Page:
Even if you work abroad, you will need to contend with taxes that can quickly deplete your funds. Some countries have minimal tax requirements for expats considering they are not permanent residents in the country. Others will have staggering tax requirements because of the benefits these expats can avail themselves of during their stay. A few may even be tax-free for expats, which can be a bonus if you are looking for maximum income each year.
If you want to enjoy your work overseas and earn a lot even with the deductions, here are the 10 best countries you should consider:
Taxes for expats in the UK are similar to their locals and will be based on the current income level. You are allocated a personal income of no more than £12,500. However, if your salary is more than £100,000, your personal income will be less. If you are earning between £12,501 to £50,000, your tax rate will be 20%. From £50,001 to £150,000, the rate will increase to 40% (double!). £150,000 onwards and your tax rate will be 45%.
Expats are given a progressive resident tax when they work in Singapore.
As a result, they may have to pay as high as 22% of their current income for taxes. Fortunately, the first $20,000 of any pay is tax-free while the rest will be taxable.
However, you are entitled to tax relief which means you can reduce the amount of income that is taxable.
Check out tax relief opportunities such as course fees relief, spouse relief, child relief, and parent relief.
United Arab Emirates
The UAE does not charge income tax for expats, but their salary levels are lower depending on the industry you are working in. You also do not need to contribute to public pension and retirement funding. However, do note that you may be liable for passive income like rental, dividend payments, interest on savings, and capital growth on stocks in your home country.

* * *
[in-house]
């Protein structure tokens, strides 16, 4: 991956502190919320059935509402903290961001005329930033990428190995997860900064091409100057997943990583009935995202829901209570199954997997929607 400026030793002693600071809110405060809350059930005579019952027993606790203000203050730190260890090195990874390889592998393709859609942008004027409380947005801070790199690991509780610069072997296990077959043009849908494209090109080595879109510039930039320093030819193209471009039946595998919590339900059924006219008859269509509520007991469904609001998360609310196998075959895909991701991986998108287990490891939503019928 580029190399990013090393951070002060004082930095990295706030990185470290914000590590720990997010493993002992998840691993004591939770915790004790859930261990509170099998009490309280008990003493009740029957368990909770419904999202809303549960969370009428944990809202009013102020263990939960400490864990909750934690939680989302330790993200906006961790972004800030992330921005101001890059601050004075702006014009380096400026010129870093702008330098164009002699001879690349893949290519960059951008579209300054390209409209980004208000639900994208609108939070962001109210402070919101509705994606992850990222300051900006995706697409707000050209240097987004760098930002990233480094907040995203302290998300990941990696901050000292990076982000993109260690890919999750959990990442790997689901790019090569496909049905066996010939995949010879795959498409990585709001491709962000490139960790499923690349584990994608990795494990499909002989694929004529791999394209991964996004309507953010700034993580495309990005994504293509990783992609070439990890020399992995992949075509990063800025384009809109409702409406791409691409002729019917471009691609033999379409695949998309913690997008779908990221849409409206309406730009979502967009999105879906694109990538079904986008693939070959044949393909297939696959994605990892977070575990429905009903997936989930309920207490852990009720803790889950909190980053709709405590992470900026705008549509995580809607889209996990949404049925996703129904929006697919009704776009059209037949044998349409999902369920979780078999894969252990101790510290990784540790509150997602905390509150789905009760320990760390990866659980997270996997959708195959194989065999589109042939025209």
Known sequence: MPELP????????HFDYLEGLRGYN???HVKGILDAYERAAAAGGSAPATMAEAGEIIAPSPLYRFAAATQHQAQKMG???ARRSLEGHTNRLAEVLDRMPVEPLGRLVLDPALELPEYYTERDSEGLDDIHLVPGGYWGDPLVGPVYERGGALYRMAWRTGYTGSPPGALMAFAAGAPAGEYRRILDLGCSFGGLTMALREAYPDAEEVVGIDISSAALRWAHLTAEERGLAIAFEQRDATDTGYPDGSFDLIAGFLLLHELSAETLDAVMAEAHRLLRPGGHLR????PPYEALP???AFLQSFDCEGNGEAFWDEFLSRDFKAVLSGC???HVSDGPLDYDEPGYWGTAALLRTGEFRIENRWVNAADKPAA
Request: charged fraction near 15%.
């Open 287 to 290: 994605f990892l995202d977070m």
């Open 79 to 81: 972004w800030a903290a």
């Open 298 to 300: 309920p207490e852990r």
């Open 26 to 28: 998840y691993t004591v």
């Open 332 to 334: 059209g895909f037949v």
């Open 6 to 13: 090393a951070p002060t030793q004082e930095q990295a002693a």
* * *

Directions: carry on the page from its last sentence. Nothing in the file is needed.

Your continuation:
Hong Kong has one of the lowest tax rates for expats in the world. You will need to pay a 2 to 17% tax depending on current income or a 15% standard tax. Note that there is no capital gains tax in Hong Kong.
Employment tax comes with a 45% progressive tax rate. The first 4,800 yuan of your income is exempt from tax. If you have stayed in China for more than five years, your worldwide income will be taxable in China which includes investments either aboard or in China.
Income taxes in Turkey can range from 15% to 35% depending on your monthly income. Non-residents will be taxed on Turkey’s income only and there are no special taxes for expats. For 22,000 to 49,000 in Lire, your tax rate will be at 20%, while 49,001 to 180,000, your tax rate will rise up to 27% and beyond 180,000, your rate will reach 35%.
Like the UAE, Saudi Arabia does not charge personal income tax for both its locals and expats. There will be a 20% tax on income applied to the tax-adjusted profit of resident non-Saudis and non-GCC individuals.
South Korea has the same tax requirements as China.
They will add the income together and tax is based on a progressive rate.
There will also be monthly deductions for foreign workers depending on your industry.
Japan uses the same progressive income tax scheme used in Singapore for its workers. However, the tax will have national, municipal and prefectural tax. You are taxed on income other than foreign-source income, as long as you do not remit the foreign-source income into Japan.
Finally, Switzerland has the same tax requirements for expats as it does for its locals. Taxes vary depending on their location and income, so you may take home around $190,000 if you earn around $200,000 per year. Do note that expats are subjected to unlimited (worldwide) tax liability, and it is based on household rather than individual income.
Taxes are an inevitable part of being an employed worker, whether you are working locally or abroad. However, there are countries abroad that will help you enjoy more income despite the tax requirements that impact your pay every month.
Remember to plan your budget so you know how much income will remain after tax deductions are applied. What have you experienced tax-wise as an expat?
by: Kally Tay